Careers develop. They write a story, i.e. they cannot be planned and are, therefore, particularly interesting for meta-theoretical considerations about organisational dynamics. If you look closely, you can see that career is shaped and regulated in all three sense dimensions.
- In the factual dimension, careers compete for limited positions. The higher the hierarchy, the scarcer they become. Access to positions is always dependent upon what the respective person has acquired in the way of career assets in their working life. What can be presented in the way of knowledge, responsibility, successes etc.? In addition, a lucky opportunity is needed, which ‘frees up’ the desired position at the suitable moment.
- In the social dimension, careers are rooted in the structures and rules of the personnel selection procedures. Their decision-making procedures – assessments, interviews etc. – limit the arbitrary possibilities, which, through ‘relationships’ of the applicant to the decision-maker, is always possible. Patronage and favouritism decisions are socially observed and are drawn into the career planning (“Who do I need to know?”, “Who should I befriend?!).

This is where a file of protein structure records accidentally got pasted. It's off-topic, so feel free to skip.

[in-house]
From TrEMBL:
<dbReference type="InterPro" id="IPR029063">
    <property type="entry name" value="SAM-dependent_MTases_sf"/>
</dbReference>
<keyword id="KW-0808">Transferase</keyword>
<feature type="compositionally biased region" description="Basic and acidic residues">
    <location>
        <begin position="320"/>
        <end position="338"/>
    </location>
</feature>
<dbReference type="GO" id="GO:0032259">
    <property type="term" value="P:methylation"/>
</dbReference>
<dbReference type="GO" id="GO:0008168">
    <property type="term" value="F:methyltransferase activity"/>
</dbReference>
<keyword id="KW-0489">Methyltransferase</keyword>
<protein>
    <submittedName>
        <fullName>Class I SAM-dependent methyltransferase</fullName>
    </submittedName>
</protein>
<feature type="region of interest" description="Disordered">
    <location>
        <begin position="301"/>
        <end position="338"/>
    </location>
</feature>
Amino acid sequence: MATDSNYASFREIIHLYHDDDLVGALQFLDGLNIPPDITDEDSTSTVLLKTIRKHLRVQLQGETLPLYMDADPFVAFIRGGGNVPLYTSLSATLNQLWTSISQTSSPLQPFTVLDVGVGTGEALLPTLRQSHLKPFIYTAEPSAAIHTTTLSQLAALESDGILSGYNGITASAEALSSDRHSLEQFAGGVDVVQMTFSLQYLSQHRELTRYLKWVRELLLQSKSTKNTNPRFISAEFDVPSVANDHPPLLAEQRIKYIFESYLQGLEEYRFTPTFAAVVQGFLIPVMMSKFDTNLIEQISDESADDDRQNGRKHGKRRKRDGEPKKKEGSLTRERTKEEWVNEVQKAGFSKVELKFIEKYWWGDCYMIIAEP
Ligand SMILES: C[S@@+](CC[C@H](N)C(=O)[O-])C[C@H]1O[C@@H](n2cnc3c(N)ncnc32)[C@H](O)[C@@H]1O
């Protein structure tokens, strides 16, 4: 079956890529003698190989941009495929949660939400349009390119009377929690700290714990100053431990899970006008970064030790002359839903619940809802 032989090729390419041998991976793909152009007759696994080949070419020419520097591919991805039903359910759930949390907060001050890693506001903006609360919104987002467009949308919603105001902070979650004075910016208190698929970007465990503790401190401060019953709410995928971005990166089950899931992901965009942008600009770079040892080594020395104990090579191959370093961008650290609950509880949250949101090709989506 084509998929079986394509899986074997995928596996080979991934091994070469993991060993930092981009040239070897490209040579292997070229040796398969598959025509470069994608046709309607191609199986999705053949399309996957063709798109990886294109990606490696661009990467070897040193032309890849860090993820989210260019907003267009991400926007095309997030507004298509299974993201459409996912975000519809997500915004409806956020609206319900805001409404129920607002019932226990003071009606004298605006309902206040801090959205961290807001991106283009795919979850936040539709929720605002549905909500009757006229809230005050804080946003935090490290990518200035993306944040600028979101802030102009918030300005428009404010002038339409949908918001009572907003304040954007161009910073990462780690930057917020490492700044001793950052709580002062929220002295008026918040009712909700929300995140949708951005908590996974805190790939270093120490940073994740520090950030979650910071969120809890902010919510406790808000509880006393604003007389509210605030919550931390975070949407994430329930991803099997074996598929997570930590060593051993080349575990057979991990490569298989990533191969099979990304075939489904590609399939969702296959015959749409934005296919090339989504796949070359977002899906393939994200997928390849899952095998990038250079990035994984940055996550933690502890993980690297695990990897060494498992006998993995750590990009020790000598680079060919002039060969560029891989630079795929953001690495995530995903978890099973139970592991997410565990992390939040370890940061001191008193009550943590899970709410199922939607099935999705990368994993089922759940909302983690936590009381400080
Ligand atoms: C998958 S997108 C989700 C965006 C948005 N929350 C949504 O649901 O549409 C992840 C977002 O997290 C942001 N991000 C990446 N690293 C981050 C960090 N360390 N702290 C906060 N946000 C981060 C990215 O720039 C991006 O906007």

- In the time dimension, careers are a sustained reference point for attention in organisations. As careers are the coupling mechanisms between the individual and the organisation, many different decisions are examined to see how they influence the careers of the affected parties in the future, what present day opportunities open up or are destroyed and what events in the past emerge as good career moves.
There can be no organisation, in which its communication does not also occupy itself with careers, because organisations differ internally, and involve different positions, responsibilities, jurisdictions, functions and decision-making rights. At least this is the case while people work there, who are psychologically dependent upon shaping their identity to the description of that which they do.